Yes, racism was a large part of the “Age of Exploration”. That dragged with it, the European churches. I want to say, “Christianity” but there was little Christian about it. Robert Conrad’s Heart of Darkness paints a pretty horrifying picture of the melding of church and the very avarice it preaches against. In the big picture, where you had slaves, you had racism. In fact the Africans that sold their own to the white rum traders were as much “racist” as the whites. The slave trade was booming way before the North Americans went to Africa. The Africans were trading with the Muslims and everybody else way before that.

I guess it depends how you DO define racism. American Blacks seem to think that racism exists only in the US and is practiced only by American whites. “Racism” has a larger definition. Whenever actions and attitudes make distinctions based on RACE, there is racism. Right now there is a lot pandering going on. The “entertainment” industry" is going in, whole hog, setting up black participation norms by percentages. That, too is RACIST. Whenever norms are downgraded and minimals are lowered to accommodate black participation, there is RACISM, as if Black people can’t quite measure up without help. That’s degrading to Blacks, in my opinion.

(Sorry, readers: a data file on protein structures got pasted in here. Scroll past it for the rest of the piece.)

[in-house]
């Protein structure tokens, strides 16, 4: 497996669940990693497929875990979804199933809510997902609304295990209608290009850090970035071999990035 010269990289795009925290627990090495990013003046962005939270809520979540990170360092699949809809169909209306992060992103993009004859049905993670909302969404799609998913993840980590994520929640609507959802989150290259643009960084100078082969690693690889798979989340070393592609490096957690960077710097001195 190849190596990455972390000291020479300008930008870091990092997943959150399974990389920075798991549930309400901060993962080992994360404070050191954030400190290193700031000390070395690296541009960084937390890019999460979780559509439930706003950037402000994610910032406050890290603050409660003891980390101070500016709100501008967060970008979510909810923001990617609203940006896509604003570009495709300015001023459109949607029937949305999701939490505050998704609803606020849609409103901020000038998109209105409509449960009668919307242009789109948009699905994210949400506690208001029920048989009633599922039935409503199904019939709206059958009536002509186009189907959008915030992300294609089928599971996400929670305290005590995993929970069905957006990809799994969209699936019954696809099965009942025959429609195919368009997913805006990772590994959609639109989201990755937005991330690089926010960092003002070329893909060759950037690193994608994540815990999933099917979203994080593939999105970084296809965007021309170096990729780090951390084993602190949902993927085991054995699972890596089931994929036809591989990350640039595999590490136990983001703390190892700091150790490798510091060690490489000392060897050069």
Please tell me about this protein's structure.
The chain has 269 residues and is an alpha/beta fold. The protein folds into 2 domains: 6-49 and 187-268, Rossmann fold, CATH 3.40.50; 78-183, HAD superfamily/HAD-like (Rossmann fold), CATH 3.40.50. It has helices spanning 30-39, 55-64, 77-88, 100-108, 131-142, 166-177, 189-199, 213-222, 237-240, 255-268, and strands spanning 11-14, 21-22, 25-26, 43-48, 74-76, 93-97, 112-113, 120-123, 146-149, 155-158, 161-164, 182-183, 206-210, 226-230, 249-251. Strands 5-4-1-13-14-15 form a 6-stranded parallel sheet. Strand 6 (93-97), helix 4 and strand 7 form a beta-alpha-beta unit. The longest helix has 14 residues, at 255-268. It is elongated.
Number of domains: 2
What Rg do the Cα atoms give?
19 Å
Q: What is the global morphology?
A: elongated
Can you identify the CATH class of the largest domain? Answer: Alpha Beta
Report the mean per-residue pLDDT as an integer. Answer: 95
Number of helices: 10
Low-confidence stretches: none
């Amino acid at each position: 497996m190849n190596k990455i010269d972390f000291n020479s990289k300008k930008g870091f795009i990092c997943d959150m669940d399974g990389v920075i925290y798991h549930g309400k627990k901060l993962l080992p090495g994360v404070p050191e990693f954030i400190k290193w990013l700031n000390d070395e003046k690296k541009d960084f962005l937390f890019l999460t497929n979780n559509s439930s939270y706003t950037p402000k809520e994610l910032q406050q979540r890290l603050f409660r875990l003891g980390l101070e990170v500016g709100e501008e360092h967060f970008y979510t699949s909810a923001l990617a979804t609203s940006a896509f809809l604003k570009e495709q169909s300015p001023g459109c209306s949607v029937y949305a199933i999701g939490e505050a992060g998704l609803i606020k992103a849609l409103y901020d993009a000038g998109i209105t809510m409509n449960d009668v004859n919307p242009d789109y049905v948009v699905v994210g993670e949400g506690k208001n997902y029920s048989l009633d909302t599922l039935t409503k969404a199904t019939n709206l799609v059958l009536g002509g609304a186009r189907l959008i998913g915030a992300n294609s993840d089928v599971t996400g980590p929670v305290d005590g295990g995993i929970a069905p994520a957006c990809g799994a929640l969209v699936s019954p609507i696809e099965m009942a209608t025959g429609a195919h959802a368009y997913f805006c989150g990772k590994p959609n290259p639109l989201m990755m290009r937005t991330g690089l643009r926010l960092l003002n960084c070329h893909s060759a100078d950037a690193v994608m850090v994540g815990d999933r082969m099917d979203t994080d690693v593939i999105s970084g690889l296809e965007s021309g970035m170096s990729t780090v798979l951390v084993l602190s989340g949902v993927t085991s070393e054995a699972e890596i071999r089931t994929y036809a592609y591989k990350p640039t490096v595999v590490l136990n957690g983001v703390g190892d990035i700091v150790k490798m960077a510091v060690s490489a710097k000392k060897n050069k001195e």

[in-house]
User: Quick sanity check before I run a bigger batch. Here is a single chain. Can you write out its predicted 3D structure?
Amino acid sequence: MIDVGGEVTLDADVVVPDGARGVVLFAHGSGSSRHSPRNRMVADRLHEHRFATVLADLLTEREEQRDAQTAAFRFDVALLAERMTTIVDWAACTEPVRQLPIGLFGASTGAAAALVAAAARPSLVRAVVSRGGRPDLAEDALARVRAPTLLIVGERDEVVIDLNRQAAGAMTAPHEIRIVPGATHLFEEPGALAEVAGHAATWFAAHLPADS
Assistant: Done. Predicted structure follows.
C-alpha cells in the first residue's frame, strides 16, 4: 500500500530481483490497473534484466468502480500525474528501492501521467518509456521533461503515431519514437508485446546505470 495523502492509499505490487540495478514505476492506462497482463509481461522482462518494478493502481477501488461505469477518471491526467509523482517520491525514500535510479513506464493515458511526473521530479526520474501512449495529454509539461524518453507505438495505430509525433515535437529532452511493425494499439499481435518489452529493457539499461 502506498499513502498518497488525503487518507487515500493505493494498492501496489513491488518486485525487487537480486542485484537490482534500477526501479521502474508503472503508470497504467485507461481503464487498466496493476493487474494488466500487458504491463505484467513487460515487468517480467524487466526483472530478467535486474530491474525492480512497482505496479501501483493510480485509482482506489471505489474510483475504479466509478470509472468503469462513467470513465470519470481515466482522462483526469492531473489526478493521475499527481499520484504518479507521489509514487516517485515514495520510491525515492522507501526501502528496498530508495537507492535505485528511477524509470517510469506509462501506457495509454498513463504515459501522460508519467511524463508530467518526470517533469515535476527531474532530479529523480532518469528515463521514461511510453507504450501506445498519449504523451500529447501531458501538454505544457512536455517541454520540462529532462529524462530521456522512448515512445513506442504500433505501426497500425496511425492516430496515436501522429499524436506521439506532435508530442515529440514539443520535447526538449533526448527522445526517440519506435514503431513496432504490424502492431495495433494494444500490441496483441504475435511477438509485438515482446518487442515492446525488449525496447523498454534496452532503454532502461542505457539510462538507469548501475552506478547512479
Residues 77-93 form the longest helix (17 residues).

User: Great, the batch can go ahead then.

When I said, “Psychologically, we receive the behaviour from others, we expect to receive.” I meant, whatever you focus on, you transmit to the other person, and they respond accordingly - so you get what you thought you’d get. If you telegraph a “chip on your shoulder,” you get back negativity; or if you, exhibit condescension, you get push back as well. And that goes both ways.

How can destroying your own house (community) help you? This is only acting out and has nothing to do with fixing anything. In this present situation, they do it because they can.

But now for the final and most important part…

I said, “I would submit there are factions in this country that don’t want to solve the problem - it’s too lucrative.” And you responded, “I would hold that these are white factions . They include a busboy that hops, apparently.”

And you would be wrong. BLM has hauled in a LOT of money, They have done NOTHING to better black lives. All that money is going into somebody’s pocket. The most they have done is pay off their buddies to cause chaos. The rest is pure gravy.

OK, Harry, Sirje is now exiting the room. Have a good day.


Great. Blessings on you and your house! :grinning:


…and yet…you could not resist a reply. :laughing:

Good luck with your attempts at “conversations” because I can see it has been a smashing success on this site. :smile:


Its time for BLM to die. If HA thinks things are better because of BLM he is not salvageable. BLM is despicable, immoral, and reprehensible. Period. THE END!

I knew a guy on the net once who would troll specific sites with an opinion designed to get critique.
The following week his youtubes and blogs were full of all the new evidences that his notions were right, and how he knew it all along. Made fair bit of fame and fortune from his followers.